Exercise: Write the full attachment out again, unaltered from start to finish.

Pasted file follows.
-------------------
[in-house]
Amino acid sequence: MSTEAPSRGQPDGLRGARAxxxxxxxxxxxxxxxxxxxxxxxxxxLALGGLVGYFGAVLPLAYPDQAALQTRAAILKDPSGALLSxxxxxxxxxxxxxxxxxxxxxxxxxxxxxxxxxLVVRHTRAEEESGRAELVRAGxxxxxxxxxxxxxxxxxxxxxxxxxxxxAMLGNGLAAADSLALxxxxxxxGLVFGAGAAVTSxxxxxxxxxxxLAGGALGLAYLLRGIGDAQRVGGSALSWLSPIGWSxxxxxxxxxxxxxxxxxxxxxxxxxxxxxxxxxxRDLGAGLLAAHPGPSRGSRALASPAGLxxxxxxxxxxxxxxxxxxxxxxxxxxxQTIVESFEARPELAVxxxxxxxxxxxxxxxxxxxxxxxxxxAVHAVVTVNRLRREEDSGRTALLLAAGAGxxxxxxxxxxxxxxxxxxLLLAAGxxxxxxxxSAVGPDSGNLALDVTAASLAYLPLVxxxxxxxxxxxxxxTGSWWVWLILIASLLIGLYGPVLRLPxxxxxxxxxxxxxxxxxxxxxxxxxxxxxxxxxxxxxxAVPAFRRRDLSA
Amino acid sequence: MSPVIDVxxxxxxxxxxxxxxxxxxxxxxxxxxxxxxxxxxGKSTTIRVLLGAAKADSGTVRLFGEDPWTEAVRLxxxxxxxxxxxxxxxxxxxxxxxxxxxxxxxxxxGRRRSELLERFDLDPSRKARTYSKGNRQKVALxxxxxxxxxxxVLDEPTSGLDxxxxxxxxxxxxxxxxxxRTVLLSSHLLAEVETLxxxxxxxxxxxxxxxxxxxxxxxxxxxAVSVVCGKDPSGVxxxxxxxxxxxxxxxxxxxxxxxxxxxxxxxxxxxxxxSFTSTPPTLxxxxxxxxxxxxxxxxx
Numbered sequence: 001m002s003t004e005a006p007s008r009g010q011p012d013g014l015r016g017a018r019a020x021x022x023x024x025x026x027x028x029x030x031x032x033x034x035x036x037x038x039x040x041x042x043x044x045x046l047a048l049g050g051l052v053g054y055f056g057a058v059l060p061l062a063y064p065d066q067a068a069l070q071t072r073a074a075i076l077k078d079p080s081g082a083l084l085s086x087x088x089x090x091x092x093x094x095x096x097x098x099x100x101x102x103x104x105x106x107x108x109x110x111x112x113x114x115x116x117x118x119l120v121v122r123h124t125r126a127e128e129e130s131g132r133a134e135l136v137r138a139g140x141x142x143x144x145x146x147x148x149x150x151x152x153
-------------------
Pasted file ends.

[in-house]
Amino acid sequence: MSTEAPSRGQPDGLRGARAxxxxxxxxxxxxxxxxxxxxxxxxxxLALGGLVGYFGAVLPLAYPDQAALQTRAAILKDPSGALLSxxxxxxxxxxxxxxxxxxxxxxxxxxxxxxxxxLVVRHTRAEEESGRAELVRAGxxxxxxxxxxxxxxxxxxxxxxxxxxxxAMLGNGLAAADSLALxxxxxxxGLVFGAGAAVTSxxxxxxxxxxxLAGGALGLAYLLRGIGDAQRVGGSALSWLSPIGWSxxxxxxxxxxxxxxxxxxxxxxxxxxxxxxxxxxRDLGAGLLAAHPGPSRGSRALASPAGLxxxxxxxxxxxxxxxxxxxxxxxxxxxQTIVESFEARPELAVxxxxxxxxxxxxxxxxxxxxxxxxxxAVHAVVTVNRLRREEDSGRTALLLAAGAGxxxxxxxxxxxxxxxxxxLLLAAGxxxxxxxxSAVGPDSGNLALDVTAASLAYLPLVxxxxxxxxxxxxxxTGSWWVWLILIASLLIGLYGPVLRLPxxxxxxxxxxxxxxxxxxxxxxxxxxxxxxxxxxxxxxAVPAFRRRDLSA
Amino acid sequence: MSPVIDVxxxxxxxxxxxxxxxxxxxxxxxxxxxxxxxxxxGKSTTIRVLLGAAKADSGTVRLFGEDPWTEAVRLxxxxxxxxxxxxxxxxxxxxxxxxxxxxxxxxxxGRRRSELLERFDLDPSRKARTYSKGNRQKVALxxxxxxxxxxxVLDEPTSGLDxxxxxxxxxxxxxxxxxxRTVLLSSHLLAEVETLxxxxxxxxxxxxxxxxxxxxxxxxxxxAVSVVCGKDPSGVxxxxxxxxxxxxxxxxxxxxxxxxxxxxxxxxxxxxxxSFTSTPPTLxxxxxxxxxxxxxxxxx
Numbered sequence: 001m002s003t004e005a006p007s008r009g010q011p012d013g014l015r016g017a018r019a020x021x022x023x024x025x026x027x028x029x030x031x032x033x034x035x036x037x038x039x040x041x042x043x044x045x046l047a048l049g050g051l052v053g054y055f056g057a058v059l060p061l062a063y064p065d066q067a068a069l070q071t072r073a074a075i076l077k078d079p080s081g082a083l084l085s086x087x088x089x090x091x092x093x094x095x096x097x098x099x100x101x102x103x104x105x106x107x108x109x110x111x112x113x114x115x116x117x118x119l120v121v122r123h124t125r126a127e128e129e130s131g132r133a134e135l136v137r138a139g140x141x142x143x144x145x146x147x148x149x150x151x152x153